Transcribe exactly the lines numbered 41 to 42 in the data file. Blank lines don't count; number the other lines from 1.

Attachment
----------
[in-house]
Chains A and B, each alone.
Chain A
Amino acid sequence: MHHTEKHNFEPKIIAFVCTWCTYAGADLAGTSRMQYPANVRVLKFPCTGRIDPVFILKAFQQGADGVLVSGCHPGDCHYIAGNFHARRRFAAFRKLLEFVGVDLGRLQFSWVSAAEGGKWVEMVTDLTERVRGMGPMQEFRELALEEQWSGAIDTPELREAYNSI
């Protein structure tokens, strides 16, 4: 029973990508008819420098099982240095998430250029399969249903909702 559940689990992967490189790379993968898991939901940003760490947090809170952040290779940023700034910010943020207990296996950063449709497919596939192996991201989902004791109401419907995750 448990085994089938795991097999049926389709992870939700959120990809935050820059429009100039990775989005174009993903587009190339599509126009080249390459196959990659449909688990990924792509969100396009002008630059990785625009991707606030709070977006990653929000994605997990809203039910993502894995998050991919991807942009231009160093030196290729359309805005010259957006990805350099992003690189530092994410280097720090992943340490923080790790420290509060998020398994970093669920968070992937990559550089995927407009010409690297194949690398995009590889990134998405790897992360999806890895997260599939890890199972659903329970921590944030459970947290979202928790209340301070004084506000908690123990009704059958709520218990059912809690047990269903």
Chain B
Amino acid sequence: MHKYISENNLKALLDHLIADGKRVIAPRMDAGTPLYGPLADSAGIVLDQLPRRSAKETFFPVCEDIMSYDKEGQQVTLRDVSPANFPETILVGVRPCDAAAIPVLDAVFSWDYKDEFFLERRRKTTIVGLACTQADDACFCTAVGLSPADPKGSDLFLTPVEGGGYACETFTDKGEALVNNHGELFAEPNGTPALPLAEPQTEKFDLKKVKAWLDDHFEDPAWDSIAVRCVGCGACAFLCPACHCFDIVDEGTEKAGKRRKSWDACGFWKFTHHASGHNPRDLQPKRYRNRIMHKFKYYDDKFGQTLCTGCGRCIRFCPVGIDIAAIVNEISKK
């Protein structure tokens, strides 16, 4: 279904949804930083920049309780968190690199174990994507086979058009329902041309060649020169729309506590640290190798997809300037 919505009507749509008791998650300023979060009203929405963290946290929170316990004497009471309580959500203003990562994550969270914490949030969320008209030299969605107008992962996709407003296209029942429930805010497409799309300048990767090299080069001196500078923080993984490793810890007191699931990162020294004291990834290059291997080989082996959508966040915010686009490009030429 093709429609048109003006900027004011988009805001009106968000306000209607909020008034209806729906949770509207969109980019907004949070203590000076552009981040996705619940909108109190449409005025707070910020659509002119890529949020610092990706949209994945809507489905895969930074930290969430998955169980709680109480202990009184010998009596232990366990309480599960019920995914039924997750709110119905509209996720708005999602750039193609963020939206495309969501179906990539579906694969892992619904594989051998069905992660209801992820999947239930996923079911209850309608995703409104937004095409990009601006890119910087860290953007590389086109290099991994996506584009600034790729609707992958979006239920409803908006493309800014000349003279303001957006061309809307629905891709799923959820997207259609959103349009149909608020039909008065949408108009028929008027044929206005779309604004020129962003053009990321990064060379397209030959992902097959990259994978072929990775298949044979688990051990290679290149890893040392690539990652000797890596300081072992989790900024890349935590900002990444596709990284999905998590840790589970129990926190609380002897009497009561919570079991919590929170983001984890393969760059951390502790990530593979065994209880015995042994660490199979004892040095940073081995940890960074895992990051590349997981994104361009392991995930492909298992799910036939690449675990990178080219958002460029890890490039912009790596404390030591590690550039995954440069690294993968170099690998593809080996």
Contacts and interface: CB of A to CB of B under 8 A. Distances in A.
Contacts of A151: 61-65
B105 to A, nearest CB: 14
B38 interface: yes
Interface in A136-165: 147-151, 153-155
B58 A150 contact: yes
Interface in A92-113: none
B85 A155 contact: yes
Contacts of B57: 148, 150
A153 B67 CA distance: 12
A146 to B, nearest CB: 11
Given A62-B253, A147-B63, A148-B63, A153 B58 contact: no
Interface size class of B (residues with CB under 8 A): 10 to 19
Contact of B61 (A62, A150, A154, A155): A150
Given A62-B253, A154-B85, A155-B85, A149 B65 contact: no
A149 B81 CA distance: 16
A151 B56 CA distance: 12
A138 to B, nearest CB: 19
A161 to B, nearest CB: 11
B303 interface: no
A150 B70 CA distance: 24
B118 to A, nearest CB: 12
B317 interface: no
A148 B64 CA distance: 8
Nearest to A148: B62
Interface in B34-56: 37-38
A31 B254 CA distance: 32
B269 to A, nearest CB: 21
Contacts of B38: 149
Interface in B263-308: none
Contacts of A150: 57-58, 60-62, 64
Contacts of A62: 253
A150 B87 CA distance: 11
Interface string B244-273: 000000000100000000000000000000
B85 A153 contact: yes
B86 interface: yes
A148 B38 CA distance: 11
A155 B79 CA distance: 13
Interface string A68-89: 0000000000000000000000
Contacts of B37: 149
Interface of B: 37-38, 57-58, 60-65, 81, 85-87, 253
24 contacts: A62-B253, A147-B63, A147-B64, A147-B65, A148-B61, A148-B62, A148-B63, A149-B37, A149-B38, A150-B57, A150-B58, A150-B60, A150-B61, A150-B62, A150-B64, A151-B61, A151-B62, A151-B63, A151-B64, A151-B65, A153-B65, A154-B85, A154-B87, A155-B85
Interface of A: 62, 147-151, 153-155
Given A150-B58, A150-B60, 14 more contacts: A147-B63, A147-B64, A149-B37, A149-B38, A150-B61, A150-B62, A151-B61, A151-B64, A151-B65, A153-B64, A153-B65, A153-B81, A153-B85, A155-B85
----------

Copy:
A150 B87 CA distance: 11
Interface string B244-273: 000000000100000000000000000000